I could go into the house, she thought, but she knew that she could be filled with fear there, too. Would the phone ring? Would there be a knock on the door? Or would he even bother with a knock, would he just break a window, let himself in, cut the phone lines so she wouldn’t stand a chance?

No, she knew better. She knew she had to stay outside, that she couldn’t let this fear take a hold of her again. And so she sat.

She looked at her phone bill again.

She heard the creak of the porch swing.

She swore she heard someone else breathing.

No, she wouldn’t look up from her bill, because she knew no one was there.

Then he spoke.


She looked up. He was standing right at the base of her stairs, not six feet away from her.

“What are you doing on my property?”

“Oh, come on, you used to not hate me so much.” He lit a cigarette, a marlboro red, with a match. “So, why wouldn’t you take my call today?”

“Why would I? What do I have to say to you?”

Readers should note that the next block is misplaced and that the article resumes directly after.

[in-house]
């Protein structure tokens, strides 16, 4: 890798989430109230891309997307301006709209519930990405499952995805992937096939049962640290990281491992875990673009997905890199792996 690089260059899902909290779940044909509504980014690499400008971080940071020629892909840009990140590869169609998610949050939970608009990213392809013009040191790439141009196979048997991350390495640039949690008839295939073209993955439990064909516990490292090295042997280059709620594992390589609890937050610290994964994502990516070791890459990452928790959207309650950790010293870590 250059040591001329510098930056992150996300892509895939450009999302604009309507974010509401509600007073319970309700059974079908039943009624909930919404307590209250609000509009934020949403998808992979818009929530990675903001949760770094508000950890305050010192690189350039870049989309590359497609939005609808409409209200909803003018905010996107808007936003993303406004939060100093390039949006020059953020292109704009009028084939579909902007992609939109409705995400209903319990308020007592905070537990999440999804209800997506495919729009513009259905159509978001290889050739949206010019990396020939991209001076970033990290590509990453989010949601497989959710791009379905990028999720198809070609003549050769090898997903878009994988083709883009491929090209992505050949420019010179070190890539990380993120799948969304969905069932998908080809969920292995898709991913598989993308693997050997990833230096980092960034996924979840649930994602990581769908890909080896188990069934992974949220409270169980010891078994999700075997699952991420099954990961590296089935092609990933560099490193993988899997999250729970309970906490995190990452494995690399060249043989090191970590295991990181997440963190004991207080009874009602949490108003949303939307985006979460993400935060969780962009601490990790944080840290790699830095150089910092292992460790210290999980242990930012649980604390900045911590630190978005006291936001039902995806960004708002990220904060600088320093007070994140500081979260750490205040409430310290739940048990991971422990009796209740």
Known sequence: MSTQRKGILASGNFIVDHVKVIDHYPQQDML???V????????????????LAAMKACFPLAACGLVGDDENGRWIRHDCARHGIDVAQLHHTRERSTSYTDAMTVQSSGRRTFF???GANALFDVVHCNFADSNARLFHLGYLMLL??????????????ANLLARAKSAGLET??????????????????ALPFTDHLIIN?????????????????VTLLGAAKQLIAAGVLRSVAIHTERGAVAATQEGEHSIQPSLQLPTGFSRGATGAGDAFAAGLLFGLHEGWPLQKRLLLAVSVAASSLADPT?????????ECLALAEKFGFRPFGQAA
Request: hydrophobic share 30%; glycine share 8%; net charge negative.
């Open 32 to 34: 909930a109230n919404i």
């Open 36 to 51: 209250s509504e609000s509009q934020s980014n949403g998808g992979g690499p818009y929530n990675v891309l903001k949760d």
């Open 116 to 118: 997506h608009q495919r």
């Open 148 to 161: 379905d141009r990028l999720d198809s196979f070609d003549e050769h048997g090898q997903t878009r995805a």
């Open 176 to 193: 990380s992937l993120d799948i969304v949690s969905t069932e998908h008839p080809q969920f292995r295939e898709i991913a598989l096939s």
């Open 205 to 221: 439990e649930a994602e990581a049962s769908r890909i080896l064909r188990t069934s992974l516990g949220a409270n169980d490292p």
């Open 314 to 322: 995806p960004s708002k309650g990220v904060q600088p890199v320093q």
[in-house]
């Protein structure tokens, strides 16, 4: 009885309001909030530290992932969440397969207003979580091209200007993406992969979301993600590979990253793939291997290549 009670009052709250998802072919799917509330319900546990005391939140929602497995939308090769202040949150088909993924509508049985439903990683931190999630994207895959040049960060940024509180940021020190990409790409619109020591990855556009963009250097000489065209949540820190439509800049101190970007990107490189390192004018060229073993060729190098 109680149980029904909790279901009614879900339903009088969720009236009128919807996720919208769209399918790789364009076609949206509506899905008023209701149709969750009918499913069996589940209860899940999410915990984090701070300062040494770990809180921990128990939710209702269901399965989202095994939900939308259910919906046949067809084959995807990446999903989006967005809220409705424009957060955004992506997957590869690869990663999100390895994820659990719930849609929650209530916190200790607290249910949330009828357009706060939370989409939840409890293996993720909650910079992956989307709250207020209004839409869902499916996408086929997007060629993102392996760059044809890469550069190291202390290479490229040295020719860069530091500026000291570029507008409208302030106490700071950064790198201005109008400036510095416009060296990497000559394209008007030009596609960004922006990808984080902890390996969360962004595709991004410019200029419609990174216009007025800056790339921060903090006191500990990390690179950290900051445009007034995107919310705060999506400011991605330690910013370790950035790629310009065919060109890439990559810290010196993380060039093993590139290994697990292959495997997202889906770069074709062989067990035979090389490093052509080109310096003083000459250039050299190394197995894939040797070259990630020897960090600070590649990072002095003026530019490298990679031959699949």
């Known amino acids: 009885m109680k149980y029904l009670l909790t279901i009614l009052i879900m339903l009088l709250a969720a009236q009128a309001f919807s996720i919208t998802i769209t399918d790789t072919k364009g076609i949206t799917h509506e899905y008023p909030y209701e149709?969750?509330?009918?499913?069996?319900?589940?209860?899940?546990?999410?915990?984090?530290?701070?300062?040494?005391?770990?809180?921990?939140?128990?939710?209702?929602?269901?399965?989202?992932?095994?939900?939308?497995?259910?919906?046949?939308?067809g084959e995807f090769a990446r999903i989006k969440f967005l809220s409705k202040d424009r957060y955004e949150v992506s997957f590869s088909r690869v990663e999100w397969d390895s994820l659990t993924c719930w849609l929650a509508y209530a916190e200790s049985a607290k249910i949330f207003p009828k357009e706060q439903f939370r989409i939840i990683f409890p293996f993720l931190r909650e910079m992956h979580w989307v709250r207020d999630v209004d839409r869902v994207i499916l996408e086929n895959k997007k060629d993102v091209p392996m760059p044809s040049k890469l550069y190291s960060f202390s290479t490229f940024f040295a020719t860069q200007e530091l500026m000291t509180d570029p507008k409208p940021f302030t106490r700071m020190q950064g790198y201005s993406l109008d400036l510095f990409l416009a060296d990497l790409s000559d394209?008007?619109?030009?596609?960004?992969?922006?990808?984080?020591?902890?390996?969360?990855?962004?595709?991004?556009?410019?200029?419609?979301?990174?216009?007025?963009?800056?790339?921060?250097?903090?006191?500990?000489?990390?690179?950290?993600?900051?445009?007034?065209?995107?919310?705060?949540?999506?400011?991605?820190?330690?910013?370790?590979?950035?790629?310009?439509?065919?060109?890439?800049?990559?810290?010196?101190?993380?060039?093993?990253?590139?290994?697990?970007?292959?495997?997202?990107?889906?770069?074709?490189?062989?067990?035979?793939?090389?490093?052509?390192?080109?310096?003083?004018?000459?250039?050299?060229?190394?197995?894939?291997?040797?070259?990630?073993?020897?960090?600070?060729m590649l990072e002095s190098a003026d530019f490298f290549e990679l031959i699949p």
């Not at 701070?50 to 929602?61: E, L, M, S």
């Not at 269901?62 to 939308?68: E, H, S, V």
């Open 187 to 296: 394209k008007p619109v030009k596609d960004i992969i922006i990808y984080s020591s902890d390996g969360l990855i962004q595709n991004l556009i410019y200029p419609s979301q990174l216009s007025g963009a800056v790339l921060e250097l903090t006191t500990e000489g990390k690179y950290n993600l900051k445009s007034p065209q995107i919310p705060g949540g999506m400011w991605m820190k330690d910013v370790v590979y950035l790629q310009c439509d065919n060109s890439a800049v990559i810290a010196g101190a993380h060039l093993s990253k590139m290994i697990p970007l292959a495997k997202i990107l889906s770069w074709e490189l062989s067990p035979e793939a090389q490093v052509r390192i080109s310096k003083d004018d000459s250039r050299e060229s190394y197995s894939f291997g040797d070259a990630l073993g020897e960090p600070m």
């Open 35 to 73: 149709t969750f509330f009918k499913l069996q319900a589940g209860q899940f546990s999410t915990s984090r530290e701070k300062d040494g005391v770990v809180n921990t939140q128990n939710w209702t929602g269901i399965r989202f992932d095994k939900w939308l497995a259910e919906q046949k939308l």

“You’re really making a bigger deal out of this than it is,” he said, then took a drag. She watched the smoke come out of his mouth as he spoke. “We used to have it good.”

She got up, and walked toward him. She was surprised; in her own mind she never thought she’d actually be able to walk closer to him, she always thought she’d be running away. She stood at the top of the stairs.

“Can I have a smoke?”

“Sure,” he said, and he reached up to hand her the fire stick. She reached out for the matches.

“I’ll light it.”

She put the match to the end of the paper and leaves, watched it turn orange. She didn’t want this cigarette. She needed to look more calm. Calm. Just be calm.

She remained at the top of the stairs, and he stood only six stairs below her. She sat at the top stair.

“You really think we ever got along?”

“Sure. I mean, I don’t know how you got in your head -”

“Do you think I enjoyed finding your car outside my house all the time? Did I enjoy seeing you at the same bars I was at, watching my and my friends, like you were recording their faces into your memory forever? Do you think I liked you coming to bother me when I was working at the store? Do you -”